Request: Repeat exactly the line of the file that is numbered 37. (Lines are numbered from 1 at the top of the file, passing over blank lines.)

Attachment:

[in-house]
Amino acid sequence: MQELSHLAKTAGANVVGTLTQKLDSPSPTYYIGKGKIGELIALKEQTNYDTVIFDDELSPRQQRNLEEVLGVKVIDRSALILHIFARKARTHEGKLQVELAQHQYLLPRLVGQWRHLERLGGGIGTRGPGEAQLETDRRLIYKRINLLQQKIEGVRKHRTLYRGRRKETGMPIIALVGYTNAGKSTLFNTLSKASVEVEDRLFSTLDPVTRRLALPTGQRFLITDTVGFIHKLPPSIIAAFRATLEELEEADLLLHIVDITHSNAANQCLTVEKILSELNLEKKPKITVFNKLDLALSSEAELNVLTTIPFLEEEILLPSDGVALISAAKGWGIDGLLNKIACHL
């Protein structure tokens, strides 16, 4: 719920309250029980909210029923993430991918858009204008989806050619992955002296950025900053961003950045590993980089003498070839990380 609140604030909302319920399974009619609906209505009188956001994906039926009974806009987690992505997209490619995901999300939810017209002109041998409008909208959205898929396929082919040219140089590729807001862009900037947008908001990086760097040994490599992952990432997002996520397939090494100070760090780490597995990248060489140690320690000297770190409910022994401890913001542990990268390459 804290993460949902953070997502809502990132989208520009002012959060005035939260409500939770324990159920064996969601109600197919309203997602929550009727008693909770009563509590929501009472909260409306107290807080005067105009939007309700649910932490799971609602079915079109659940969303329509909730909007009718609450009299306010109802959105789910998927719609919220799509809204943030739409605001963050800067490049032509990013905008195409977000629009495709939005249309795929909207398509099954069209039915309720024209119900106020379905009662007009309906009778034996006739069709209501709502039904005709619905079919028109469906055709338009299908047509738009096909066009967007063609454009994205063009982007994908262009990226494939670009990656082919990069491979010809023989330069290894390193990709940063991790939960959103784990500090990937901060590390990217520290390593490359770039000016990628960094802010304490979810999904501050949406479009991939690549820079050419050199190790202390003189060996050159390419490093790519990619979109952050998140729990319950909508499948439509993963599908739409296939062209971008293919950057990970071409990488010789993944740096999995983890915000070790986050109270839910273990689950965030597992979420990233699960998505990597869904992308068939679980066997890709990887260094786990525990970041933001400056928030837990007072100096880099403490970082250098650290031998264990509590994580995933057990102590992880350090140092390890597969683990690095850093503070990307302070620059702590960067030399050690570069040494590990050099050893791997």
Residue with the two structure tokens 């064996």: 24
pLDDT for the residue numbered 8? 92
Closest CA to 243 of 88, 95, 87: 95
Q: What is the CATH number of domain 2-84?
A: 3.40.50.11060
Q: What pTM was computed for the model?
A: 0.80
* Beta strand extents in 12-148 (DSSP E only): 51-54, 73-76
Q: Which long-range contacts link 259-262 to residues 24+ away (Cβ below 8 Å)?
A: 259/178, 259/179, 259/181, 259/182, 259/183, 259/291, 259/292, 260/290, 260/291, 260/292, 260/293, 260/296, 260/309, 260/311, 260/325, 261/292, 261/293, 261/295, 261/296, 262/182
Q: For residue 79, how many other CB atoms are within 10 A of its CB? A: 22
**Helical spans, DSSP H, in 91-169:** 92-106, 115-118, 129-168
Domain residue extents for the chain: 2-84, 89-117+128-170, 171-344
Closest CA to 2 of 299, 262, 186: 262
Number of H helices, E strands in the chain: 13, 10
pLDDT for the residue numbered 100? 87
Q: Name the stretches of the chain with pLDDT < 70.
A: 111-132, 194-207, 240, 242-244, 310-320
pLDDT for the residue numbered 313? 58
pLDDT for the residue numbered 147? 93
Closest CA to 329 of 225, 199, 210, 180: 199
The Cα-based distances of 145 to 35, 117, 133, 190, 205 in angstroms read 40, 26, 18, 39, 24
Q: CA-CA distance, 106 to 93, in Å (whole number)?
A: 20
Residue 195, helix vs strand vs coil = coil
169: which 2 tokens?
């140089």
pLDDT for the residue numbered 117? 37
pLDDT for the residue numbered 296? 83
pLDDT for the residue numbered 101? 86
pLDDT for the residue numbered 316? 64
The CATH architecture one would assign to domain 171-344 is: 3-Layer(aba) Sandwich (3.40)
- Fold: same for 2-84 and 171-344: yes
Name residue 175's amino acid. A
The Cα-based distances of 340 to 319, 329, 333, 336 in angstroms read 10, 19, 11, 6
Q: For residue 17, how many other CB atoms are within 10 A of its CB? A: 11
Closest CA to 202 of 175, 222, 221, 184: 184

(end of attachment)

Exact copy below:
Name residue 175's amino acid. A